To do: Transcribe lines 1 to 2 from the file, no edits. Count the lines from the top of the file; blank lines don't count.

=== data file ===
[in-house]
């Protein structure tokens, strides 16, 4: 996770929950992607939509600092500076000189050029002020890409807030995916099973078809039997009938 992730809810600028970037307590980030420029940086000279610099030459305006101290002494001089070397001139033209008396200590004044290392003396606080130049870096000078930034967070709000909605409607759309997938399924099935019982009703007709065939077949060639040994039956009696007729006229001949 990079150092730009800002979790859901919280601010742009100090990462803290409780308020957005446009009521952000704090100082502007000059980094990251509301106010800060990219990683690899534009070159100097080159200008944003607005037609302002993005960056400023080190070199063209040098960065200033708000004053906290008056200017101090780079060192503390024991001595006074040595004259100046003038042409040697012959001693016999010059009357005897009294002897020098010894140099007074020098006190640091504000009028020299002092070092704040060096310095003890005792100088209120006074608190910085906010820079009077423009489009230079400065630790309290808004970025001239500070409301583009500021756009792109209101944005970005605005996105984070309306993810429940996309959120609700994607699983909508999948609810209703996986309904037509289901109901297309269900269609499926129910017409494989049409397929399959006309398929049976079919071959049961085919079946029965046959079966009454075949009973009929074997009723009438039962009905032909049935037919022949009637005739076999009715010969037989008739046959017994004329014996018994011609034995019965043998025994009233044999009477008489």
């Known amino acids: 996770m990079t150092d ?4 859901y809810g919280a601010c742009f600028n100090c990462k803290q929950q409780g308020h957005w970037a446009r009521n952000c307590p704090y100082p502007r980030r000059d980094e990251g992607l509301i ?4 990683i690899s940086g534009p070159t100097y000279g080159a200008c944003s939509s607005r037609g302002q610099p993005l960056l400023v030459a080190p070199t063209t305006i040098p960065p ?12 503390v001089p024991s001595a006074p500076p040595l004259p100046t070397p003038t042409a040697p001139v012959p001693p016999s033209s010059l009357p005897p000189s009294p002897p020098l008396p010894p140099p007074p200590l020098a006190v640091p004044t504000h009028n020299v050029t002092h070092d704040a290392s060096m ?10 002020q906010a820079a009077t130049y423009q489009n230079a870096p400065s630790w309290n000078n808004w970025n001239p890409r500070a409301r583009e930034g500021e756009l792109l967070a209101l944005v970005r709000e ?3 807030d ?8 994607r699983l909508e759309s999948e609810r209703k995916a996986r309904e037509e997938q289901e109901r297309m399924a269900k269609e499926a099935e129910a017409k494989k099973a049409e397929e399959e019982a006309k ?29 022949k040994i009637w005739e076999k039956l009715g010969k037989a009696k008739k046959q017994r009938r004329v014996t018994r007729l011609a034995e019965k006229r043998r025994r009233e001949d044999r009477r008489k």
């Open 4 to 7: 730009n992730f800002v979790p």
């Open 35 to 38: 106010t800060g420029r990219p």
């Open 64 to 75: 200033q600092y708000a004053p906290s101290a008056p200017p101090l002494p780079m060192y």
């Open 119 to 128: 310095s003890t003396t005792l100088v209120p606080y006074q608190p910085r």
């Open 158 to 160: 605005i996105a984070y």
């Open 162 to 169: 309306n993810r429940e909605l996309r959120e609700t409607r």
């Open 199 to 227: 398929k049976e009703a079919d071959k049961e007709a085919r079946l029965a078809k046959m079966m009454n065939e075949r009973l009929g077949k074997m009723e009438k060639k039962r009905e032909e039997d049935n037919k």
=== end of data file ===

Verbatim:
[in-house]
């Protein structure tokens, strides 16, 4: 996770929950992607939509600092500076000189050029002020890409807030995916099973078809039997009938 992730809810600028970037307590980030420029940086000279610099030459305006101290002494001089070397001139033209008396200590004044290392003396606080130049870096000078930034967070709000909605409607759309997938399924099935019982009703007709065939077949060639040994039956009696007729006229001949 990079150092730009800002979790859901919280601010742009100090990462803290409780308020957005446009009521952000704090100082502007000059980094990251509301106010800060990219990683690899534009070159100097080159200008944003607005037609302002993005960056400023080190070199063209040098960065200033708000004053906290008056200017101090780079060192503390024991001595006074040595004259100046003038042409040697012959001693016999010059009357005897009294002897020098010894140099007074020098006190640091504000009028020299002092070092704040060096310095003890005792100088209120006074608190910085906010820079009077423009489009230079400065630790309290808004970025001239500070409301583009500021756009792109209101944005970005605005996105984070309306993810429940996309959120609700994607699983909508999948609810209703996986309904037509289901109901297309269900269609499926129910017409494989049409397929399959006309398929049976079919071959049961085919079946029965046959079966009454075949009973009929074997009723009438039962009905032909049935037919022949009637005739076999009715010969037989008739046959017994004329014996018994011609034995019965043998025994009233044999009477008489």